The teaching of English in south-east Asia needs a radical new approach according to Griffith University languages expert Professor Andy Kirkpatrick.
Professor Kirkpatrick, who will present a public lecture on Thursday, says there are now more non-native speakers of English than native.
“In Asia alone, there are more than 800 million multilinguals who use English as a common form of communication, or as a lingua franca,” he said.
He said the language’s perceived importance had resulted in the current and increasing regional trend to include English as early as possible in the primary school curriculum.
“Even with this increase in English in the government school system, parents will often make substantial financial and emotional sacrifices and choose to send their children to private schools where they can be taught through English.
“While accepting that English needs to be taught, it is essential the current role of English as an international lingua franca means the way it is taught is needs to be radically revised.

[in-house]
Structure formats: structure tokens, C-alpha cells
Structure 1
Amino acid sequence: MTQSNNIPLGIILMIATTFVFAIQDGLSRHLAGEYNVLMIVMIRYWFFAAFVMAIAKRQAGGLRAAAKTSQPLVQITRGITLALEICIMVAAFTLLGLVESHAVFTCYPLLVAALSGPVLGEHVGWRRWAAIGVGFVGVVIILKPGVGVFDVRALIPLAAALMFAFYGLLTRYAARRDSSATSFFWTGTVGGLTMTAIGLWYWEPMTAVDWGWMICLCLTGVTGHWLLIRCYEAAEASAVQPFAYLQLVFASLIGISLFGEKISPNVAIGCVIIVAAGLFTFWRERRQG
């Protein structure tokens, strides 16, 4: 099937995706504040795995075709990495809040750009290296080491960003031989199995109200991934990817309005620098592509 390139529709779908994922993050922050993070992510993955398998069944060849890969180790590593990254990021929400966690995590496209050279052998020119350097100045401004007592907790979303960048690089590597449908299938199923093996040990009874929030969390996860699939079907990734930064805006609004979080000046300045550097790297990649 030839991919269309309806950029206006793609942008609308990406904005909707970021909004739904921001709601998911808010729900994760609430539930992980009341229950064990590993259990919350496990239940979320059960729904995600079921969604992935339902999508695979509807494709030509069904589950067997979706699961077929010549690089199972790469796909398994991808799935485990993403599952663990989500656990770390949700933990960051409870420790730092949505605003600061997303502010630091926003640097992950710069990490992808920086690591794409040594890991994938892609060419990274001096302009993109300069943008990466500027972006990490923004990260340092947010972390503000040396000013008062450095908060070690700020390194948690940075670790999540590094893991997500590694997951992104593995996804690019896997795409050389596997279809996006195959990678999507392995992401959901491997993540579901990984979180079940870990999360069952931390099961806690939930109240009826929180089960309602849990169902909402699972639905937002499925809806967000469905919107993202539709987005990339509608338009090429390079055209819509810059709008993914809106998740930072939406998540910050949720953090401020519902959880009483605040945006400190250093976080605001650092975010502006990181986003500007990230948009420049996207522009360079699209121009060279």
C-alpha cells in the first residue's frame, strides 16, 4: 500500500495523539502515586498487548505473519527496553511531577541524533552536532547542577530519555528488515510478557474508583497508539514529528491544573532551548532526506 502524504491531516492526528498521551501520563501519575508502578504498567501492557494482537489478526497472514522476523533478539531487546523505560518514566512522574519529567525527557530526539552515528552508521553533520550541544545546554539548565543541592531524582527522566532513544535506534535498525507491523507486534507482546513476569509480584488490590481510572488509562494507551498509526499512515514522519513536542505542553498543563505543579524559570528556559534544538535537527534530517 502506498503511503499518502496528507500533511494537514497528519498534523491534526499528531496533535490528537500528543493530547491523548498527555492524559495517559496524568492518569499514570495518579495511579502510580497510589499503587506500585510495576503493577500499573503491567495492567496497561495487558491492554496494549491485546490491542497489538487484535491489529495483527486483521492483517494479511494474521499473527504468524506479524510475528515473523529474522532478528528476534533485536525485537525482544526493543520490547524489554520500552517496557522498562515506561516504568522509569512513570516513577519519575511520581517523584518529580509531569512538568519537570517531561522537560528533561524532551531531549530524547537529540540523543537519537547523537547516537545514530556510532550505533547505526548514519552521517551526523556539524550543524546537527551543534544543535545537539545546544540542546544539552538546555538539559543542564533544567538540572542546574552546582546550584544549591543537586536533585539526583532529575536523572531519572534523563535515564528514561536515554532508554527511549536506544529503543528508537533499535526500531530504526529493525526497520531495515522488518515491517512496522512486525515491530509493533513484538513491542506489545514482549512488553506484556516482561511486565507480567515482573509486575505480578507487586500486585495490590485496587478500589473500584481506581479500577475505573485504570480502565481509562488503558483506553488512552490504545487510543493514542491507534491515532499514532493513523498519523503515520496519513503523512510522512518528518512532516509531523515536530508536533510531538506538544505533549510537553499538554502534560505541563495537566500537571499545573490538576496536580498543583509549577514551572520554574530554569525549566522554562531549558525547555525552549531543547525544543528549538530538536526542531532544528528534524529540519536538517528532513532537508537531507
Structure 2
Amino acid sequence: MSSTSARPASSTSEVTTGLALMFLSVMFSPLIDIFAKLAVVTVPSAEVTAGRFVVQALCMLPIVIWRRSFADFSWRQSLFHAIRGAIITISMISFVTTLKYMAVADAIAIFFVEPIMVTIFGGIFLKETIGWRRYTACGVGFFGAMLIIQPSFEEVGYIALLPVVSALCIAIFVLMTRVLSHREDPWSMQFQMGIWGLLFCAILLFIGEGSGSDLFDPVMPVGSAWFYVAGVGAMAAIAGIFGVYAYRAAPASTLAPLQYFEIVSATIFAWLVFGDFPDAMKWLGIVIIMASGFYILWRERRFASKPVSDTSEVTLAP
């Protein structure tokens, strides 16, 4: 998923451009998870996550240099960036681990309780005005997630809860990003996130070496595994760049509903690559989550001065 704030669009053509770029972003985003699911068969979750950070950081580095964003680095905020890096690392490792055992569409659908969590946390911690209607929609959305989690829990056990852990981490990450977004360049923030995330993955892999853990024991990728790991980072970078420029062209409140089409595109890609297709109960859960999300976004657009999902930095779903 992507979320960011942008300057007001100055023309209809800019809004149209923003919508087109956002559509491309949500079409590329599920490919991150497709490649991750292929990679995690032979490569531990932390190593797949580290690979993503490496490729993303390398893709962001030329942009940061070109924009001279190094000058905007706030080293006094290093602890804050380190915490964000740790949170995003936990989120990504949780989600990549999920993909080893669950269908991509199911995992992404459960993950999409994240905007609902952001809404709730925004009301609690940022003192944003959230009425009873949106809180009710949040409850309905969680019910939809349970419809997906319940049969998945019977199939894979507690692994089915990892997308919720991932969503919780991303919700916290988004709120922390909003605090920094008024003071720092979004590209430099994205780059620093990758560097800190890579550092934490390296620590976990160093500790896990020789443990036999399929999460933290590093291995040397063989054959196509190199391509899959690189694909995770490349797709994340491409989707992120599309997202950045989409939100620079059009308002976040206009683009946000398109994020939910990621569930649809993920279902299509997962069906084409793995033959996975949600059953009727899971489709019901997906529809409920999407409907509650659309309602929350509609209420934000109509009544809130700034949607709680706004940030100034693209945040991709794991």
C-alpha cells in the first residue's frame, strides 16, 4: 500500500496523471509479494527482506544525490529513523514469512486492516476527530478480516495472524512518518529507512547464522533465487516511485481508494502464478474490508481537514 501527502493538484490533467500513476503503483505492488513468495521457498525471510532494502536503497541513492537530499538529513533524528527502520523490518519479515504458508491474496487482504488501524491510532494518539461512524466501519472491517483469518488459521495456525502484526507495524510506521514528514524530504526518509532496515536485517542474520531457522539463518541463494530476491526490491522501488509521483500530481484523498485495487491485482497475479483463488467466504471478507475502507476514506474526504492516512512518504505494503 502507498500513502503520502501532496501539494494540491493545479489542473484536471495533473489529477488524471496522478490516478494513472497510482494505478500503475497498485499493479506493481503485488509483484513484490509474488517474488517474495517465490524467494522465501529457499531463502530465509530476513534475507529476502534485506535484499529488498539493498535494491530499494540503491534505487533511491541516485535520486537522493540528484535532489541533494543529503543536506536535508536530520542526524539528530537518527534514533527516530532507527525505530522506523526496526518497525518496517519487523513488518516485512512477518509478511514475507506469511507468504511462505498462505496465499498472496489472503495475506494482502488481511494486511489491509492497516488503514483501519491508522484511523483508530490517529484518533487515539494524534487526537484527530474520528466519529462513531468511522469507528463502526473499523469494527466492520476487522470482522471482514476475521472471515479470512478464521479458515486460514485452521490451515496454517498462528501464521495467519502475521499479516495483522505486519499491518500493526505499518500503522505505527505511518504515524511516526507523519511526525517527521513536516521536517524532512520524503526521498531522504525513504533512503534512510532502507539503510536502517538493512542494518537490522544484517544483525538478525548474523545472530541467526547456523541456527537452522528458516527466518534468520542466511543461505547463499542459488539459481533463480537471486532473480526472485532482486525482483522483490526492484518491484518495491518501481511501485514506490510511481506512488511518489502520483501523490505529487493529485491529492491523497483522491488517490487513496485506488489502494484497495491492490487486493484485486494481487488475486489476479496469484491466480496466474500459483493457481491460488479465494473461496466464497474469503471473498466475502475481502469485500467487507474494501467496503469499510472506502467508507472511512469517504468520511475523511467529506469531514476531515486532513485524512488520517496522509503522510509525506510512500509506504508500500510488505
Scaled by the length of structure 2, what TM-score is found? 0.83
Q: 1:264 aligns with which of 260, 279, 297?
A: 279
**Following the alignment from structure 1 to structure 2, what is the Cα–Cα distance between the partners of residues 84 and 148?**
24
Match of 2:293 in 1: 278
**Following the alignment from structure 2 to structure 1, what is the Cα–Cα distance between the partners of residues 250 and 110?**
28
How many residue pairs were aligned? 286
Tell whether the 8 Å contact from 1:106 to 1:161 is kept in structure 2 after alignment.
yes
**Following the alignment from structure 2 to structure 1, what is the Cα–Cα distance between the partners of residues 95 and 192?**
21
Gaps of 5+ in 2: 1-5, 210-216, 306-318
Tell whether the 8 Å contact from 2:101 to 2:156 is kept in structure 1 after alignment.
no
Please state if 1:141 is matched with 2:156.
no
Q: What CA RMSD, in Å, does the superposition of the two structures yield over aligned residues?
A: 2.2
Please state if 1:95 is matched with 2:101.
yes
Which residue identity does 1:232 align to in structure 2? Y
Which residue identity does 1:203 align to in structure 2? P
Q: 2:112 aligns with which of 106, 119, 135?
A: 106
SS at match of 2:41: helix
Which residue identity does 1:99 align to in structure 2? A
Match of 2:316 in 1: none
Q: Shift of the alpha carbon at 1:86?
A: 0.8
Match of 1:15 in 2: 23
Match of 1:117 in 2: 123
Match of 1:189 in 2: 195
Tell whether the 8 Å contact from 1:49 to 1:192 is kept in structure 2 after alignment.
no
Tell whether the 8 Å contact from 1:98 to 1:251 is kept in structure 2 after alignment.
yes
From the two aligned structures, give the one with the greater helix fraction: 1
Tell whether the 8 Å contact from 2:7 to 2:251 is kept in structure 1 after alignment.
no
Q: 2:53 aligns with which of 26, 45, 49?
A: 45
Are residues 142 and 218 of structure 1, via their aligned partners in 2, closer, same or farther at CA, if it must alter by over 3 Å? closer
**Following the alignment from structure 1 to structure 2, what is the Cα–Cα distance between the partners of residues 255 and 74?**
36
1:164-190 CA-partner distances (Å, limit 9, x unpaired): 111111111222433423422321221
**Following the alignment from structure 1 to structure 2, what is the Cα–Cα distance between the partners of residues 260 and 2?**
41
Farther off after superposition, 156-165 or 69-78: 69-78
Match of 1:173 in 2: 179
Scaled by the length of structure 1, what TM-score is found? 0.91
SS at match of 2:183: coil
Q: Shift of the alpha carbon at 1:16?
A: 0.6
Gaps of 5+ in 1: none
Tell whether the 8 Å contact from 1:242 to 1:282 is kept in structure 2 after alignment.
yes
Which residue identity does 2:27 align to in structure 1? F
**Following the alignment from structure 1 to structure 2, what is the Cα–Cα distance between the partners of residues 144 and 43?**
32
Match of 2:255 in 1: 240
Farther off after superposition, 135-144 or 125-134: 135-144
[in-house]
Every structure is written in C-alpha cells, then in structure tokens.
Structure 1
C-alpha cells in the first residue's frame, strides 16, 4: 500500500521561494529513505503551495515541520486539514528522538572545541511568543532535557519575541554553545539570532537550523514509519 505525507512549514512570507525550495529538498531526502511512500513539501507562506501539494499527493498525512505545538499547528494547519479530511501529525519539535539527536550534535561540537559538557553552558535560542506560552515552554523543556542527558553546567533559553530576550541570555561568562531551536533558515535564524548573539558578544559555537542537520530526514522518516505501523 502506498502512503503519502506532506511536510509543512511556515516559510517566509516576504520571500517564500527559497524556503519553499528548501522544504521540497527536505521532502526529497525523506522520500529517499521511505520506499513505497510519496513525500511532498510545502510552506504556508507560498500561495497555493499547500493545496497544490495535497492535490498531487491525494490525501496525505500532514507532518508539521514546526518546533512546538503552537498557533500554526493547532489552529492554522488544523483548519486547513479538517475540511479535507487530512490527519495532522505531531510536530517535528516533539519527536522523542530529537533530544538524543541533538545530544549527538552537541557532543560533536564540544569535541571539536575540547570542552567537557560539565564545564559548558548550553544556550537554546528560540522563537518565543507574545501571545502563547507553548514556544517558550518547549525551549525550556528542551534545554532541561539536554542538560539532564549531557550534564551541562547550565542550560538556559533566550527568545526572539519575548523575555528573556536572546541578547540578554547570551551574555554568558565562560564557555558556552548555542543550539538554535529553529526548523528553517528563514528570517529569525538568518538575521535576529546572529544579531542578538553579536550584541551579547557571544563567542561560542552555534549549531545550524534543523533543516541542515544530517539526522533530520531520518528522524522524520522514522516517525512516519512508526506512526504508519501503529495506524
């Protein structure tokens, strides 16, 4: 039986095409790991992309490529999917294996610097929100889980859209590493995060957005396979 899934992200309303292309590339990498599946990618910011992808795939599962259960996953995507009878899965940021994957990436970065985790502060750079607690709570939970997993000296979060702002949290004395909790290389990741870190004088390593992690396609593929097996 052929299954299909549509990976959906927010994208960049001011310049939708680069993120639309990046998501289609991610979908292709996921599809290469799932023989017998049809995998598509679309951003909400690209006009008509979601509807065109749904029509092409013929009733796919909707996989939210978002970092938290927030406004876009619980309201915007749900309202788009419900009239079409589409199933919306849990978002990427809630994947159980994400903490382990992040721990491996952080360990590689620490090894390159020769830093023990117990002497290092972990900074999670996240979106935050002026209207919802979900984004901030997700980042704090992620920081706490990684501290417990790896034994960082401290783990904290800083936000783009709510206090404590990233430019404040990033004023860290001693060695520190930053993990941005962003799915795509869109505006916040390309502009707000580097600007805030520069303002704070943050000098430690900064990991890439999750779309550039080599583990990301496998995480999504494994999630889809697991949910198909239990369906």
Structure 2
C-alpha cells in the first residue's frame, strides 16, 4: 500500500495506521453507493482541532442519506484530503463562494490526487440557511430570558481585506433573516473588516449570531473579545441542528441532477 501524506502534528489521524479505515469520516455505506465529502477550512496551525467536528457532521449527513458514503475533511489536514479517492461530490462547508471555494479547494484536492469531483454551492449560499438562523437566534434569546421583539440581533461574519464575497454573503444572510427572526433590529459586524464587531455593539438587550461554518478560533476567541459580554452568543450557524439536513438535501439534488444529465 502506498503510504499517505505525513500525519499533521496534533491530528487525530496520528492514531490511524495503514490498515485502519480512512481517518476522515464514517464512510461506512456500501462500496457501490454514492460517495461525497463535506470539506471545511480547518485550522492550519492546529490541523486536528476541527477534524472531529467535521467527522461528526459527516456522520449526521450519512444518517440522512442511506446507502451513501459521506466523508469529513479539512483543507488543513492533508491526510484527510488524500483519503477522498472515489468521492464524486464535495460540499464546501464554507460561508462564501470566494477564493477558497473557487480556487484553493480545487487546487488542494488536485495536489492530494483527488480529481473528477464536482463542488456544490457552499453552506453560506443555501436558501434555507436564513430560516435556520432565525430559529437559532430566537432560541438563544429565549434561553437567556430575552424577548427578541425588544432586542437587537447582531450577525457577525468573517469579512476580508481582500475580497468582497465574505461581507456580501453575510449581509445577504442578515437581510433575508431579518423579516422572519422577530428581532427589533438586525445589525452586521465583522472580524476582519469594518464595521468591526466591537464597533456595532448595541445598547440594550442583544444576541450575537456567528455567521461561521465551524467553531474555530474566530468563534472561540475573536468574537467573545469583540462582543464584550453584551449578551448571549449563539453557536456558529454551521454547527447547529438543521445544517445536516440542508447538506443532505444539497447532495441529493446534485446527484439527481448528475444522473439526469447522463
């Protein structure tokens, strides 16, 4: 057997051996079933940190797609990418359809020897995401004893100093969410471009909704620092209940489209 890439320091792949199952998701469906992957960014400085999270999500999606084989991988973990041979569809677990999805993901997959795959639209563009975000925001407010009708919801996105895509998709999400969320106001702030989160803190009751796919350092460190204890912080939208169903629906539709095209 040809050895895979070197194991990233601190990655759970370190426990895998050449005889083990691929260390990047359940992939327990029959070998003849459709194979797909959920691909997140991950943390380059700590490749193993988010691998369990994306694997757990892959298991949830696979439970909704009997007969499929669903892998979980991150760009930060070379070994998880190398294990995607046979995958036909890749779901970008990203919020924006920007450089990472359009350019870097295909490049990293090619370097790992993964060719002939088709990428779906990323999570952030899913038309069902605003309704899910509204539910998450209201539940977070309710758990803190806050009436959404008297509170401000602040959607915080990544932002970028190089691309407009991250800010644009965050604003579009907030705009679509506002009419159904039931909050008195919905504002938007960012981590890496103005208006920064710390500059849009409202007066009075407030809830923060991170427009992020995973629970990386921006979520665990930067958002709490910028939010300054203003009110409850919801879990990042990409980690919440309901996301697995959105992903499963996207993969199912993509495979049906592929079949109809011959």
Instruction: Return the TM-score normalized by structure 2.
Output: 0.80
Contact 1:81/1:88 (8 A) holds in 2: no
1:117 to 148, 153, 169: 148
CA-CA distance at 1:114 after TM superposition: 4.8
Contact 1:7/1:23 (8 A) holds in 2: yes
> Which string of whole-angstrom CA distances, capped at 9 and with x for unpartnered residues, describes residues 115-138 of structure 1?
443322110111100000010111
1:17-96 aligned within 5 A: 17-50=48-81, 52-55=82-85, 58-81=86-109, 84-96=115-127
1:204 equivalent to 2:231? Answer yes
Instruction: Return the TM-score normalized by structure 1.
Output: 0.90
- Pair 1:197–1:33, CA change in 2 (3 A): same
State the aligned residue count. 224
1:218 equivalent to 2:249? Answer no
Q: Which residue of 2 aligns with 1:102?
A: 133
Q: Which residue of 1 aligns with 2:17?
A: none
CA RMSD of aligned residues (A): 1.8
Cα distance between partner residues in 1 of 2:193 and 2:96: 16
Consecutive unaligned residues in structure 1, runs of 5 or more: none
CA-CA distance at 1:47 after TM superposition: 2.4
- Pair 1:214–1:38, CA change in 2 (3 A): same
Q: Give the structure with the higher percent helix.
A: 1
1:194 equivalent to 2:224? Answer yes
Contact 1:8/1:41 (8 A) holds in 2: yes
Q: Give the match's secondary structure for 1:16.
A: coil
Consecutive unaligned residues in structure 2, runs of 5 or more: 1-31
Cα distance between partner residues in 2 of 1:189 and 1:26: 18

“This involves recognising the emergence of Asian varieties of English and understanding that English is a multilingual language, used in multilingual and multicultural settings in a post Anglo-cultural world.”
Professor Kirkpatrick is Head of the School of Languages and Linguistics at Griffith University. Prior to this role he was the Director of the Research Centre for Language Education and Acquisition in Multilingual Societies at the Hong Kong Institute for Education.
He is editor-in-chief of new linguistics journal Multilingual Education, and edits the Routledge Handbook of World Englishes. He has co-authored the book Chinese Rhetoric and Writing: An introduction for Language Teachers, due for publication in early 2012.